Where this is going is that in a Caste system, as in the United States, each level is a negative definition of the level above. So a large part of the identity of poor whites, the thing that largely defines them is that, while they may be poor, they are’nt n****rs. The implications of this is that POC moving up and becoming more successful does not just derive from disrespect for POC, but from the fact of POC moving up above poor whites being a visceral threat to their very identity, a threat that, if POC move up the ladder ahead of them, then they become the bottom of the heirarchy.

    It’s a fascinating book! I highly recommend it!

  11. The GOP has always supported the idea of rugged individualism as opposed to the interdependence of the social fabric of our country. It would be interesting to hear a debate between a conservative and a progressive on John Locke’s social contract.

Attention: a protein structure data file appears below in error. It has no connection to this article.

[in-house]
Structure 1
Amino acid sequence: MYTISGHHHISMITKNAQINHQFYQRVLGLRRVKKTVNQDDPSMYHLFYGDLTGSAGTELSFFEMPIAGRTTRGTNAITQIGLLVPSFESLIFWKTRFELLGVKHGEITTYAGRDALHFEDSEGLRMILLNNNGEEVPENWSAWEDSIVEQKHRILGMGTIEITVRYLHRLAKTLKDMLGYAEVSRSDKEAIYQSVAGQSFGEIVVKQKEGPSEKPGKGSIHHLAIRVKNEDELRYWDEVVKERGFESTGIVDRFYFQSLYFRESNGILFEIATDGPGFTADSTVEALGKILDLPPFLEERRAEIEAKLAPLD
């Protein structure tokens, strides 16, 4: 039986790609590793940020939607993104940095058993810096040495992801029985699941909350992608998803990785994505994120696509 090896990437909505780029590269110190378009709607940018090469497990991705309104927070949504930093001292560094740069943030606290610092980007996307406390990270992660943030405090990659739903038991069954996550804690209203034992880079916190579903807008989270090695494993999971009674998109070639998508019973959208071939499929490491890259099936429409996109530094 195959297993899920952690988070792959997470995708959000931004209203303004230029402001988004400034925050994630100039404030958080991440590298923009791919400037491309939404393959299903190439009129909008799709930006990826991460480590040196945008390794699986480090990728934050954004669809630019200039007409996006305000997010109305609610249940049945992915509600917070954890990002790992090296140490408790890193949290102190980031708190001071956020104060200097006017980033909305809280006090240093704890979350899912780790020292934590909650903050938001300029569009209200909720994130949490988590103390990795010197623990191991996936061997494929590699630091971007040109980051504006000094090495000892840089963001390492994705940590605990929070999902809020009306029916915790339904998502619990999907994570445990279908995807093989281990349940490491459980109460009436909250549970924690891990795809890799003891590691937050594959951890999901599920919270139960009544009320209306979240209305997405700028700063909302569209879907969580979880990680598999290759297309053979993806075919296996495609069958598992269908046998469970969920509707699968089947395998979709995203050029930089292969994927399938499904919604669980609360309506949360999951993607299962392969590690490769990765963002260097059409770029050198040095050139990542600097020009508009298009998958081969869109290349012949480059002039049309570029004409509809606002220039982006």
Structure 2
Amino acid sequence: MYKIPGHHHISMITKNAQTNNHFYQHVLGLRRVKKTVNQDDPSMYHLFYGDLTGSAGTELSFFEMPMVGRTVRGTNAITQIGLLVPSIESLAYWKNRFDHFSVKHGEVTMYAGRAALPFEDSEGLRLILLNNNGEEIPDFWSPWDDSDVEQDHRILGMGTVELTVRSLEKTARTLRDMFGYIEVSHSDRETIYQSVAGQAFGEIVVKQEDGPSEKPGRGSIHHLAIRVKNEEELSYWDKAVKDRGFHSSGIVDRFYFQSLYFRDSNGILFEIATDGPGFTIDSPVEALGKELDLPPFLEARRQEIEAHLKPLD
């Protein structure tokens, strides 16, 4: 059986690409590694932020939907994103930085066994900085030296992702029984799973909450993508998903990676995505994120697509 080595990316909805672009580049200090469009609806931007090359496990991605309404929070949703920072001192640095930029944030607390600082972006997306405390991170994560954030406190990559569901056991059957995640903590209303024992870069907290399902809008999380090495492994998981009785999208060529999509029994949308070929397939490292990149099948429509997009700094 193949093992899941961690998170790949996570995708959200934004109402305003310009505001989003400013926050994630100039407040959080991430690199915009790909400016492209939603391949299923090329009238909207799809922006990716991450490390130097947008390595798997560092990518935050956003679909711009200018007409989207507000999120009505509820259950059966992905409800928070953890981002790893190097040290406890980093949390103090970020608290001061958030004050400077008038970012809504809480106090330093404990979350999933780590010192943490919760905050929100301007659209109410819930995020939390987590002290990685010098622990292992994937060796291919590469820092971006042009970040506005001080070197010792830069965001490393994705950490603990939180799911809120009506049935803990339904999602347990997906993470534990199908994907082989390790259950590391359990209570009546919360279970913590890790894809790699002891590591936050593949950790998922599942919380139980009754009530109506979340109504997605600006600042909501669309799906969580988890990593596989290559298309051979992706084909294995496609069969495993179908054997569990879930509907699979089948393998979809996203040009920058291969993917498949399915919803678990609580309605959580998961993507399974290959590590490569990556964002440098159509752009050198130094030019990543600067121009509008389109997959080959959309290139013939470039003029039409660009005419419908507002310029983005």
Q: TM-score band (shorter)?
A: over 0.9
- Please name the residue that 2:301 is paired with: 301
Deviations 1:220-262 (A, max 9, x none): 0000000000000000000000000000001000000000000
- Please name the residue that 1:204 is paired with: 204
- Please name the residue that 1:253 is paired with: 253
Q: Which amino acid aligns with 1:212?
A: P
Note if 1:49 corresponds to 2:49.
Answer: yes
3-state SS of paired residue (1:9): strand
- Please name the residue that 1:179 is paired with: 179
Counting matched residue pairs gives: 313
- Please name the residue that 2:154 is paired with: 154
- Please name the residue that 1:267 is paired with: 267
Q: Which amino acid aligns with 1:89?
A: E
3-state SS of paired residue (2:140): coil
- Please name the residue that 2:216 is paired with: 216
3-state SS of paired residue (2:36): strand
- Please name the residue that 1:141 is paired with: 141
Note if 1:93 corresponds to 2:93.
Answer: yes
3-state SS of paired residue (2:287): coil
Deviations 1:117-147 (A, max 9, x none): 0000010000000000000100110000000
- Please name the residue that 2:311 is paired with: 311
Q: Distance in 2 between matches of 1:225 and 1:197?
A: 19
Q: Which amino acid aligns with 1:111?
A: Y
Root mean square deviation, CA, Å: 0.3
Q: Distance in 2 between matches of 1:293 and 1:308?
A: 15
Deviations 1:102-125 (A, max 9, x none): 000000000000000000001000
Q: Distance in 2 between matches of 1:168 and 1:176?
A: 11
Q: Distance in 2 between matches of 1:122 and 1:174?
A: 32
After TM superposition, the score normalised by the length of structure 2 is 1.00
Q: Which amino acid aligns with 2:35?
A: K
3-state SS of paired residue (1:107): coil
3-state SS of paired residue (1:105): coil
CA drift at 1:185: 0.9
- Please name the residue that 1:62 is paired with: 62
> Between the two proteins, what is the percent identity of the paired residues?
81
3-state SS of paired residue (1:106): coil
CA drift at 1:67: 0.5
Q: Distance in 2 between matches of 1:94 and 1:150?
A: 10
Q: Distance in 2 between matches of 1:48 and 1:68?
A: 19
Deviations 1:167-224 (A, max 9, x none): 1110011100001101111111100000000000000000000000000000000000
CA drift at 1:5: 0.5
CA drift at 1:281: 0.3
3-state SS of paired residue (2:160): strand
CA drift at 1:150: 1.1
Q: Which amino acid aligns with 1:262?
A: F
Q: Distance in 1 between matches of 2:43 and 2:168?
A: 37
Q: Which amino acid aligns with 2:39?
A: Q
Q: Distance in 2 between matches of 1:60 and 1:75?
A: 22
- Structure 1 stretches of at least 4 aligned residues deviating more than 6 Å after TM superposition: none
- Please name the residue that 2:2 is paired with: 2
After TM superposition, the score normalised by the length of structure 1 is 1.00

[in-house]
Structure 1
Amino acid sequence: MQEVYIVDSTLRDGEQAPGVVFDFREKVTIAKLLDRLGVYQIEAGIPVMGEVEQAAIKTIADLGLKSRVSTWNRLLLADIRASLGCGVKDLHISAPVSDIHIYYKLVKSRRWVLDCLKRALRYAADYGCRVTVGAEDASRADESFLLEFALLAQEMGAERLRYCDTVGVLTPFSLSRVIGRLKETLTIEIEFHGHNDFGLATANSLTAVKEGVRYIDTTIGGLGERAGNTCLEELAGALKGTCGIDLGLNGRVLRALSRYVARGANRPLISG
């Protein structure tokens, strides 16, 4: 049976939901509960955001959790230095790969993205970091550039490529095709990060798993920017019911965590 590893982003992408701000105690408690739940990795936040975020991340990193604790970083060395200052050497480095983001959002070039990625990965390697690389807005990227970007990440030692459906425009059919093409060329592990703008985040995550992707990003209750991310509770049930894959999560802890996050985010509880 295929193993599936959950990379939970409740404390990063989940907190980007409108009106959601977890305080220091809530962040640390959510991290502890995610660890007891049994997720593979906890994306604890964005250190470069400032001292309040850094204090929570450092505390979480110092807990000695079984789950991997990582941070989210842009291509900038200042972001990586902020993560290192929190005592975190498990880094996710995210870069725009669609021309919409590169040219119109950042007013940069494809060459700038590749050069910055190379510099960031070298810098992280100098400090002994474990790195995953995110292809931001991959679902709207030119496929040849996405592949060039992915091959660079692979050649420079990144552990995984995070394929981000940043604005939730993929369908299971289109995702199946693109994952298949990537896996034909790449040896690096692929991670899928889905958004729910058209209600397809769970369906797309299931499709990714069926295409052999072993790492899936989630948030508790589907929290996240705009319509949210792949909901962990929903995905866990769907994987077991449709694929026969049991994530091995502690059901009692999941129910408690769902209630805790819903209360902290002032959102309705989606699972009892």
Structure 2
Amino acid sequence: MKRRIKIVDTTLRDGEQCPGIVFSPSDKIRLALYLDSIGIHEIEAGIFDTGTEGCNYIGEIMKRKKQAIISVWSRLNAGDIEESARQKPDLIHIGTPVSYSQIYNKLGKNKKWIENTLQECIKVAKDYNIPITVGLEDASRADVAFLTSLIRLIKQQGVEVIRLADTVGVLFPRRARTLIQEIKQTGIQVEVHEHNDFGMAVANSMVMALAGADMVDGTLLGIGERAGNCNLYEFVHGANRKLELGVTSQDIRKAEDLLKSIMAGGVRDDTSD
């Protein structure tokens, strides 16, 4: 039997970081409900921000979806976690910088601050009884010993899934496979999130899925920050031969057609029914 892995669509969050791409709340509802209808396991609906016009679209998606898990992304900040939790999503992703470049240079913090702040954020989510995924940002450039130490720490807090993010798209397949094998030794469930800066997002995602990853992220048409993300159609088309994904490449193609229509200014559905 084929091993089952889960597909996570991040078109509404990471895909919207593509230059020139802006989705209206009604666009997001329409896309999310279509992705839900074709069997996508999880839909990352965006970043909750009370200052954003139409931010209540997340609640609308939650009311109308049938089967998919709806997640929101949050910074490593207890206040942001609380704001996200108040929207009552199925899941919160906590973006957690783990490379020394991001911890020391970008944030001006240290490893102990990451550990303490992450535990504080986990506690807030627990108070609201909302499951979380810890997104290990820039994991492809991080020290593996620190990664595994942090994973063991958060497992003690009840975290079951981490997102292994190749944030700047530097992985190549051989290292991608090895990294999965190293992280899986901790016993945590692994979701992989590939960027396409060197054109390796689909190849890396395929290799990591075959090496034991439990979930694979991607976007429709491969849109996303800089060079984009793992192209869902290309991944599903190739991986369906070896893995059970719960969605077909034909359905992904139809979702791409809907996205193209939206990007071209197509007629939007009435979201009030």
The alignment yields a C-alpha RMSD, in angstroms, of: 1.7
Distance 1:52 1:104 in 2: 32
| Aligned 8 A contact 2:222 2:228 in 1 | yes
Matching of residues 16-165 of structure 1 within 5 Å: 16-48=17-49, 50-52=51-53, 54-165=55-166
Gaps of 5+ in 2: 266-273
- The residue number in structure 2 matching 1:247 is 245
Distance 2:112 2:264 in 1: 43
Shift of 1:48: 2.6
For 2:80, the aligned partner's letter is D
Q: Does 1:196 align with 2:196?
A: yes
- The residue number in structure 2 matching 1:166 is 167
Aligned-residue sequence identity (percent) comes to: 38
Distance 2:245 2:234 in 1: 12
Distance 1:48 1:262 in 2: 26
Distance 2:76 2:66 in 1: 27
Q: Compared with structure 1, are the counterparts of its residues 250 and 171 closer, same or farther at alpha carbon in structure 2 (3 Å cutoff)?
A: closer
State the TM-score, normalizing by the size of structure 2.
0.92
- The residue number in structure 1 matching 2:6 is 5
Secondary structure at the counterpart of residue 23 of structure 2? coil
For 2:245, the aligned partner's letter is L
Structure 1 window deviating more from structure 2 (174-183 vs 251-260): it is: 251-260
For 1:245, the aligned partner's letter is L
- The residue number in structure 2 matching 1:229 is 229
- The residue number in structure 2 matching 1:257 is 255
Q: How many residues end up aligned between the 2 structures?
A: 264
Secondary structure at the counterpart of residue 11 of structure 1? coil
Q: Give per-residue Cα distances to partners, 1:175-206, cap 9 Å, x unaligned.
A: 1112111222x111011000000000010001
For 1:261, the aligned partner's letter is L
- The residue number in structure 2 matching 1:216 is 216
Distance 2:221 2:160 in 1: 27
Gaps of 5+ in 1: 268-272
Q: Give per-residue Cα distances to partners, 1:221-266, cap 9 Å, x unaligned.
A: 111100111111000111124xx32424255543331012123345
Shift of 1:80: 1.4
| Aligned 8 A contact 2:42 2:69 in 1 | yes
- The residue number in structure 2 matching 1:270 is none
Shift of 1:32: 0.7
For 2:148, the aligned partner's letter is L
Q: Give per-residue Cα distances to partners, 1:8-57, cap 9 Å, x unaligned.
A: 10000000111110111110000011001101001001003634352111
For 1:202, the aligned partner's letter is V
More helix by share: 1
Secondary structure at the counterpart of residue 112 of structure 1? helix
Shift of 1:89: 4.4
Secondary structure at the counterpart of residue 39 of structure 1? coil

The wealthy oligarchy think they can survive by their wealth alone. I don’t think so. Who generates the wealth and how much of it is just numbers on paper? Without essential workers the wealthy would not have their luxuries. They just do not understand that when one person is homeless, addicted, isolated, it affects the whole social fabric in a variety of ways. They sit in a comfortable silo thinking they are safe and immune from the suffering,poverty, illnesses of the 99%. You would think the pandemic would wake them up, but it has not done so. And unlike the Buddha, they won’t leave their comfort zone even when they become middle aged.

    I would so like to see us follow the wisdom of other countries with socialized medicine and better social safety nets.